There are a few moments that might seem hokey—and, yes, not one, but two appearances of Parachute Club’s Rise Up—but the film is not too overly earnest. It is, of course, a bit odd to see an acted account of events you (in this case, me) actually witnessed. Admittedly, I enjoyed a privileged seat for that particular show. The scrum at which Mr. Layton announced he would not support the budget was, if memory serves, approximately twice as crowded as the movie depicts—Mr. Layton looking pale and hobbling to a lectern that was swarmed by reporters. The first week of the NDP campaign was as dismal as the movie suggests—in reality, the quibbles from reporters over the size of the crowd in Dartmouth, Nova Scotia resulted in a rare public flash of anger from Mr. Layton.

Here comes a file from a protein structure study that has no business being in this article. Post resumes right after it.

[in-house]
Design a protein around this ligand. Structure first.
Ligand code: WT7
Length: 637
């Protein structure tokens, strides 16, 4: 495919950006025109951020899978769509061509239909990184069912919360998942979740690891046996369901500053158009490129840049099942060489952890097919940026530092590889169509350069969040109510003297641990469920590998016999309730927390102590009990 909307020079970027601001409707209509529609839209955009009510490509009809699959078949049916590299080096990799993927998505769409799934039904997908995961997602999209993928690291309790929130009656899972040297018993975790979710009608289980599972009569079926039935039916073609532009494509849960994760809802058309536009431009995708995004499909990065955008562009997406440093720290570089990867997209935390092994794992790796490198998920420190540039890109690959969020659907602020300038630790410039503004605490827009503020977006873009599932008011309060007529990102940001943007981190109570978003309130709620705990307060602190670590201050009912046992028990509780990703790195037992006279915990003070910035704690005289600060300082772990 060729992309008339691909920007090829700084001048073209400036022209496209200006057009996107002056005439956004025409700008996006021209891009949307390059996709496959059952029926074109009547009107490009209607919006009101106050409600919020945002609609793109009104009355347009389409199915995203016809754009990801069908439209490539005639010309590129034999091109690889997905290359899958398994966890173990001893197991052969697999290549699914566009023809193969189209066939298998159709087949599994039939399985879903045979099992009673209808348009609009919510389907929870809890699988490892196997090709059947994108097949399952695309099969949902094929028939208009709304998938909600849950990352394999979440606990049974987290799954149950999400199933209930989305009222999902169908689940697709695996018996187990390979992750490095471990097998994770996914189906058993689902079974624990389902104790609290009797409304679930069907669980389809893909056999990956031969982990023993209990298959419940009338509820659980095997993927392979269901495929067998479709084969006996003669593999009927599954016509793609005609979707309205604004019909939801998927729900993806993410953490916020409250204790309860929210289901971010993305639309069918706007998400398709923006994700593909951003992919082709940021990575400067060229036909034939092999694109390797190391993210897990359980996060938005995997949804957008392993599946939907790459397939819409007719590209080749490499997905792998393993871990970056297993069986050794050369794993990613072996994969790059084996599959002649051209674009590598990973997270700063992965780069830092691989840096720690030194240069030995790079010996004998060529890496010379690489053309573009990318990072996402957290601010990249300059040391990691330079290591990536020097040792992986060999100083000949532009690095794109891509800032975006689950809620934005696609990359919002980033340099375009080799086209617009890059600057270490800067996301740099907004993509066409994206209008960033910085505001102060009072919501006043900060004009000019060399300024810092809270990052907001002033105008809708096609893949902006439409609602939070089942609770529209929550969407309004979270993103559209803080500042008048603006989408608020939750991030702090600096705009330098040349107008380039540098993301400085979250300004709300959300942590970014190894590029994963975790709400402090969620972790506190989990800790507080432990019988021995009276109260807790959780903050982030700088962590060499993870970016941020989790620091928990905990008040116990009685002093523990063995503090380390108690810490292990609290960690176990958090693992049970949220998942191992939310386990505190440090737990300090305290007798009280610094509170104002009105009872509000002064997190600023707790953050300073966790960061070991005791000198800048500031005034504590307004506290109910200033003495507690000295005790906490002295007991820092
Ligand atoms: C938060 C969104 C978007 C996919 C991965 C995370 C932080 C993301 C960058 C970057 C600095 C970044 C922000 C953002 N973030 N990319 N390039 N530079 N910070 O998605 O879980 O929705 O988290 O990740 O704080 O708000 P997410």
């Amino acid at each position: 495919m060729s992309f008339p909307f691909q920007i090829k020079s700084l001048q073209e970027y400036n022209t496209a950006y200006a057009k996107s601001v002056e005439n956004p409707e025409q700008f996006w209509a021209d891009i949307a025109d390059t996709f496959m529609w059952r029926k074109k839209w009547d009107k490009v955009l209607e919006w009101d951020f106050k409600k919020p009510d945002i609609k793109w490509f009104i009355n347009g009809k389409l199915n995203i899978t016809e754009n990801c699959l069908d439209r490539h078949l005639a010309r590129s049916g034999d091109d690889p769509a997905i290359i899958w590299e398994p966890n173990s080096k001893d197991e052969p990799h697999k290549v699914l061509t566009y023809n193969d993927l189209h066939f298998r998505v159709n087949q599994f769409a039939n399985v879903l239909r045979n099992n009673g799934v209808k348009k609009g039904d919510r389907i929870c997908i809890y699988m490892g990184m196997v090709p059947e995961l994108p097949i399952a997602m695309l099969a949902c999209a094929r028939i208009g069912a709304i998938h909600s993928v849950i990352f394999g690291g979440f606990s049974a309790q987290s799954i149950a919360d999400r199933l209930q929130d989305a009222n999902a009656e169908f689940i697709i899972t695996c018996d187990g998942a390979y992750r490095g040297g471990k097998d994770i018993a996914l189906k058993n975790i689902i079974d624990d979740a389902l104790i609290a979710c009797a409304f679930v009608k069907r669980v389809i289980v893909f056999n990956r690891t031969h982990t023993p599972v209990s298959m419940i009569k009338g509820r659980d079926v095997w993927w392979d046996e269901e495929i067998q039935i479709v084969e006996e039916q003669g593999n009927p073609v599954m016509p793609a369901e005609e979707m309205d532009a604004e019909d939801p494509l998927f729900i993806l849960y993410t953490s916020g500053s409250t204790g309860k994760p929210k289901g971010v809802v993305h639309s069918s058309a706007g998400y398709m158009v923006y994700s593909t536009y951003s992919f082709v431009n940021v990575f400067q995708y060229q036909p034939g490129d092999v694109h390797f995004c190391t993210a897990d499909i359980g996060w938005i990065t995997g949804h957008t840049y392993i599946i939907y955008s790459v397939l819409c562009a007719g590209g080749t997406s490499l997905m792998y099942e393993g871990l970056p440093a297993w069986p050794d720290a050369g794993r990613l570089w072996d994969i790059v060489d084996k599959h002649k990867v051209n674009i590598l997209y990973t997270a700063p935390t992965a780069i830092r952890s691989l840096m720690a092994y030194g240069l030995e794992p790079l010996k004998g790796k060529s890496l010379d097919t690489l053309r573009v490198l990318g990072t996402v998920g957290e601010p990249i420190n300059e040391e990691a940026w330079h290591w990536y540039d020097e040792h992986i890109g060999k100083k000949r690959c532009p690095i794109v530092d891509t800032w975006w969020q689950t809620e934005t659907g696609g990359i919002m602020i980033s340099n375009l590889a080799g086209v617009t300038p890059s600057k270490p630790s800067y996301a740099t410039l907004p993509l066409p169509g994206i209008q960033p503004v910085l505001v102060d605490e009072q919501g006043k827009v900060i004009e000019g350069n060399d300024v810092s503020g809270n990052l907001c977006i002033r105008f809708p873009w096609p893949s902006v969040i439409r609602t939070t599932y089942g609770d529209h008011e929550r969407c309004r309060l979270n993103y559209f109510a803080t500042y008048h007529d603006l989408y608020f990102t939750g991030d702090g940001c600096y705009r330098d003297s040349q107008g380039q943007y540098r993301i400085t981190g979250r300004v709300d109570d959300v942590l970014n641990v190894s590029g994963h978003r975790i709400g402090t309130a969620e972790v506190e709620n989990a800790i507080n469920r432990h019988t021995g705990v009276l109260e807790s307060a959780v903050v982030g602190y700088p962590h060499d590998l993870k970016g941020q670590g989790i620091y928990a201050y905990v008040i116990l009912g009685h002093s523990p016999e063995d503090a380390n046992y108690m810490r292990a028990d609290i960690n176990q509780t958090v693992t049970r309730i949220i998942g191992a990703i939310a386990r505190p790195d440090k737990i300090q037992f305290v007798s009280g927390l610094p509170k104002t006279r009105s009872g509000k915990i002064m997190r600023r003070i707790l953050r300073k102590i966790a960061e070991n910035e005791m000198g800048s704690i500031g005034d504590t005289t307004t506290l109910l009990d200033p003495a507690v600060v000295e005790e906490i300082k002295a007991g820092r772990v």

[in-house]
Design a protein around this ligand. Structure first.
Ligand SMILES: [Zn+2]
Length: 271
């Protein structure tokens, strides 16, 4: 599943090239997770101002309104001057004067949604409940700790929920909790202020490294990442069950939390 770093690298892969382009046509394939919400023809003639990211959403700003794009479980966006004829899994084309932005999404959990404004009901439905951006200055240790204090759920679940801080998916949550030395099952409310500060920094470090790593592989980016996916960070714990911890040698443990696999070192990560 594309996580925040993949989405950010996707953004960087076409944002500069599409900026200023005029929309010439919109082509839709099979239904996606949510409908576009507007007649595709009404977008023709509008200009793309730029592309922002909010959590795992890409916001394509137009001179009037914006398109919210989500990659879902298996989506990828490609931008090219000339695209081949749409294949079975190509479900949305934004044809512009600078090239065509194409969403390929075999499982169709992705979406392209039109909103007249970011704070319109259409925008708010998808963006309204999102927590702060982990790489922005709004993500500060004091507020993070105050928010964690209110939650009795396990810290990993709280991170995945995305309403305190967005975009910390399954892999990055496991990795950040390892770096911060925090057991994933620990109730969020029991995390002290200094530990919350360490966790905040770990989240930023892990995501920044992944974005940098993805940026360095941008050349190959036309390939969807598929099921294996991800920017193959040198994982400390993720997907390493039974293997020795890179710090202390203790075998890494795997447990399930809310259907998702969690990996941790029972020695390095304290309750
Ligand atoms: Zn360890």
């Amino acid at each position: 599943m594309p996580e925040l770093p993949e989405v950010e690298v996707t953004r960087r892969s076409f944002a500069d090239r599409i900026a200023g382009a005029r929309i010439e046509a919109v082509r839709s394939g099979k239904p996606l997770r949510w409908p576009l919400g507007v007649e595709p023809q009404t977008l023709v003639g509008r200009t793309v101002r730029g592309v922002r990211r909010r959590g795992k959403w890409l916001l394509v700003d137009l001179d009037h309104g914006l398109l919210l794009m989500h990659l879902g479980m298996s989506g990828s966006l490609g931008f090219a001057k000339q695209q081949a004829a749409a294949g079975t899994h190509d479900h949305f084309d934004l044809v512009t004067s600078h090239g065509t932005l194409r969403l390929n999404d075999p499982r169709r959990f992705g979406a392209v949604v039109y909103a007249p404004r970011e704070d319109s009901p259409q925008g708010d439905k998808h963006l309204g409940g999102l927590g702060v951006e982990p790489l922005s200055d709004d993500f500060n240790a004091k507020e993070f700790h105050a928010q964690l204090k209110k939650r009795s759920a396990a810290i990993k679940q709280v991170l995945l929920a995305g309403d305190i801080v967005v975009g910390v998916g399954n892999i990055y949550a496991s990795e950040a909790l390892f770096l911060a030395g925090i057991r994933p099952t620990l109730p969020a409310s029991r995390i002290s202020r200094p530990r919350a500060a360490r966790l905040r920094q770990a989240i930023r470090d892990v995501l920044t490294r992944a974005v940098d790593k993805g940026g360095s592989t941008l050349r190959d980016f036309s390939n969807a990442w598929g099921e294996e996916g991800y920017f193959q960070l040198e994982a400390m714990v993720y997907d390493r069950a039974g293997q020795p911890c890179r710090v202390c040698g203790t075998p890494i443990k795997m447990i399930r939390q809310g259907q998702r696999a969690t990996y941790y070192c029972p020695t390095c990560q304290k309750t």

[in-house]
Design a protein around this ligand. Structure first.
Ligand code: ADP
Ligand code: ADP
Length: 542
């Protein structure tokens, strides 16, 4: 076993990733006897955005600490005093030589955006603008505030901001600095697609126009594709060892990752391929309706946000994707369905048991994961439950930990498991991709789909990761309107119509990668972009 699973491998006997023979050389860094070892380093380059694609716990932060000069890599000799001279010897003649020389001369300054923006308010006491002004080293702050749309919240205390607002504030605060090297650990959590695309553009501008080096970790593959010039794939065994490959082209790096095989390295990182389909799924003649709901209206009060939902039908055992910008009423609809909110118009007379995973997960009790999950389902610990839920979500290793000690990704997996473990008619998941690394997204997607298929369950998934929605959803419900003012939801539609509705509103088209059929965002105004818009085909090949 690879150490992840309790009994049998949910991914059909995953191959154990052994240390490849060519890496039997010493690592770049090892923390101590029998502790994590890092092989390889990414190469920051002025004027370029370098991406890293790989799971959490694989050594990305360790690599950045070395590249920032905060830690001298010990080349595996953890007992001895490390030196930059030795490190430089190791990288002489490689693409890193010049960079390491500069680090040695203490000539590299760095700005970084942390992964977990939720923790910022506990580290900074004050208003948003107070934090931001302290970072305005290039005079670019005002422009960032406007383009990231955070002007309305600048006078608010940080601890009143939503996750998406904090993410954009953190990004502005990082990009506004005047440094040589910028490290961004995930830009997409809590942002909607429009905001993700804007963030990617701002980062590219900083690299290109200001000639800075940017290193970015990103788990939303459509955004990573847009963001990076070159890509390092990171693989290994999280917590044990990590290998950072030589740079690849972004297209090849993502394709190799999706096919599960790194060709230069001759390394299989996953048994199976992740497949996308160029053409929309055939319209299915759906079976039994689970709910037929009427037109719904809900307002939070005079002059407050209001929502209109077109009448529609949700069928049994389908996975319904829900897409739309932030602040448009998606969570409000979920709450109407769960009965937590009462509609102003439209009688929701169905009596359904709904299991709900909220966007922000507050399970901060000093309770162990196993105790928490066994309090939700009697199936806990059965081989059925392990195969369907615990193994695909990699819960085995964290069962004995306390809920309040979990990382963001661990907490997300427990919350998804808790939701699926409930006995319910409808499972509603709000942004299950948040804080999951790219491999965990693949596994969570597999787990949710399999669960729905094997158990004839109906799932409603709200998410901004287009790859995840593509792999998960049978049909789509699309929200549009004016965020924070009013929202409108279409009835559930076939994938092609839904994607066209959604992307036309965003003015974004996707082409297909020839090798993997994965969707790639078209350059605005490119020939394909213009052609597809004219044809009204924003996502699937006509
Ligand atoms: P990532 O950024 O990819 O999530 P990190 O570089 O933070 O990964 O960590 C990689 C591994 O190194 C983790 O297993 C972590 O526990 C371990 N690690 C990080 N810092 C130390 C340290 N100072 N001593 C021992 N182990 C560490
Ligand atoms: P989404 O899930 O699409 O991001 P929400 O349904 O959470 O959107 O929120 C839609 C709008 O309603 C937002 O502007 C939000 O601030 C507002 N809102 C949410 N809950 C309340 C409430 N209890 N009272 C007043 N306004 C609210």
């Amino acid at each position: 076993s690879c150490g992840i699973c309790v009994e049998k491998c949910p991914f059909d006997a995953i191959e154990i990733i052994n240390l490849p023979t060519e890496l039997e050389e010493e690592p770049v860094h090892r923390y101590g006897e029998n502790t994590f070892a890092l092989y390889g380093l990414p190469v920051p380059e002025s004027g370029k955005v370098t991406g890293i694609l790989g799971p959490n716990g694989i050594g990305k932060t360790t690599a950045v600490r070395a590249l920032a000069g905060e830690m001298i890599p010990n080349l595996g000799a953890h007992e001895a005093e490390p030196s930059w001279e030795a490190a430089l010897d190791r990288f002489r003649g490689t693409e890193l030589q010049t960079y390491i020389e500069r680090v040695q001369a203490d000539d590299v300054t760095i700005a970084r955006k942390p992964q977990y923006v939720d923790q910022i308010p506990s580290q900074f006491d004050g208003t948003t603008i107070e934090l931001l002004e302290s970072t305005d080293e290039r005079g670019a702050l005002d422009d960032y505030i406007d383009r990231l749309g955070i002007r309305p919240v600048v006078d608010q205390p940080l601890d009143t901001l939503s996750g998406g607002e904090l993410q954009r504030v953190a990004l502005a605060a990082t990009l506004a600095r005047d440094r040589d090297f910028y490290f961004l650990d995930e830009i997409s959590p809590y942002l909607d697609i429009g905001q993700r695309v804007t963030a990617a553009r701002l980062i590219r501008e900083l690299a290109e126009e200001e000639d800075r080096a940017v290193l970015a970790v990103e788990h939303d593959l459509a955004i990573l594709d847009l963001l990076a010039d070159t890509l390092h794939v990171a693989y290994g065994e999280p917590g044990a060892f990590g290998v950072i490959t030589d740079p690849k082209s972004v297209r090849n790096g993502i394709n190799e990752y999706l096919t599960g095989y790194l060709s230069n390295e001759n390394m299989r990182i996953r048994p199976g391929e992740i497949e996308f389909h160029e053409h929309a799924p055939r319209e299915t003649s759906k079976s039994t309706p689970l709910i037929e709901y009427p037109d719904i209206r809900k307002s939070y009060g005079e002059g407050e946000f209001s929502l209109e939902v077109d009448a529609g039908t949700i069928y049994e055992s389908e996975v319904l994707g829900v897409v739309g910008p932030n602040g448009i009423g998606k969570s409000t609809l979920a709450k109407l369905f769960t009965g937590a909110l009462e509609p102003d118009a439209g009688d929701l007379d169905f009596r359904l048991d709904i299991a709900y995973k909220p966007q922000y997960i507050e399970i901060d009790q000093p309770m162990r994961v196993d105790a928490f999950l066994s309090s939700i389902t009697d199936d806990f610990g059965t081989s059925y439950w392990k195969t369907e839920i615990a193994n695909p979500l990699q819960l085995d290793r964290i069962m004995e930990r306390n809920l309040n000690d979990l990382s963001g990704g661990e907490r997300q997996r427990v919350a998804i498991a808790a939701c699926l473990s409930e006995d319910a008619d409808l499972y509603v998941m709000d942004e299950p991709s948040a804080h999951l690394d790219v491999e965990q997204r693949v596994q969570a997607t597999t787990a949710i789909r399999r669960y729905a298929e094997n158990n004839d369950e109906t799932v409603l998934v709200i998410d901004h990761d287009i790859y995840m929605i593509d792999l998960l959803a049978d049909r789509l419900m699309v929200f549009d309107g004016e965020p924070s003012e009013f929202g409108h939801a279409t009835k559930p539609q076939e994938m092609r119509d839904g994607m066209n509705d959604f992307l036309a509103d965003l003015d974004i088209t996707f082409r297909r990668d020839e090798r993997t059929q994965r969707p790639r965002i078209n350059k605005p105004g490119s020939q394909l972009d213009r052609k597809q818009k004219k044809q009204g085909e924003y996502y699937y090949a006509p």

It is easy to forget now, but for a brief moment in the late stages of that campaign, it was possible to believe that Jack Layton might become the next prime minister of Canada. And it is important to remember how truly preposterous it all was. Even after the NDP surge seemed to level-off in the final days, there was something surreal about that final stretch: everything Mr. Layton had spent the previous eight years talking about while the rest of us scoffed seemed suddenly to be happening. And Ruth Ellen Brosseau was about to become an MP. The film skips entirely the final weekend, including the report from Sun News of a massage Mr. Layton received 15 years earlier that seemed momentarily to imperil everything, but also the heady bus ride from Montreal to Toronto on the last day, when the crowds that greeted him made it obvious something was going on and he and Ms. Chow kissed upon his arrival in Toronto. The campaign officially ended in a packed gymnasium in Scarborough. The next day, that riding, where a New Democrat had never finished better than third, went to the NDP by 5,000 votes. To watch the returns come in that night was to laugh—I believe I might have—at how much orange there suddenly was on the map. It was an incredible show to behold.